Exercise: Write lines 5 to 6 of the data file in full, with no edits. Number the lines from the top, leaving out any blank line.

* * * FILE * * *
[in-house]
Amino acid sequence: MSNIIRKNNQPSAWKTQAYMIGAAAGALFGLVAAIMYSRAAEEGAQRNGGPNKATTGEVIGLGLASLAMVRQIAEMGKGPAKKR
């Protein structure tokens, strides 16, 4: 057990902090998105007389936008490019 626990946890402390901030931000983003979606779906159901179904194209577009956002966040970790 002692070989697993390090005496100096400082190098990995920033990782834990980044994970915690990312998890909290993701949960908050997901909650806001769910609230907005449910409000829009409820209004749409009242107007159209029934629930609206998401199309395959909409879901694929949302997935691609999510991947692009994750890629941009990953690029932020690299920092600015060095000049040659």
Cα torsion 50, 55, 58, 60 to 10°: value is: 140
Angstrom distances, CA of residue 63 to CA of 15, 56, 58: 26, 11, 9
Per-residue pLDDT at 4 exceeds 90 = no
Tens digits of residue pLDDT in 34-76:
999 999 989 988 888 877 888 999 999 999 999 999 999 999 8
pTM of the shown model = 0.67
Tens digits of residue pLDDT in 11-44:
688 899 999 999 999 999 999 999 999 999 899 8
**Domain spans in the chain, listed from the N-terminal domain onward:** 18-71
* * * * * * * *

Angstrom distances, CA of residue 63 to CA of 15, 56, 58: 26, 11, 9
Per-residue pLDDT at 4 exceeds 90 = no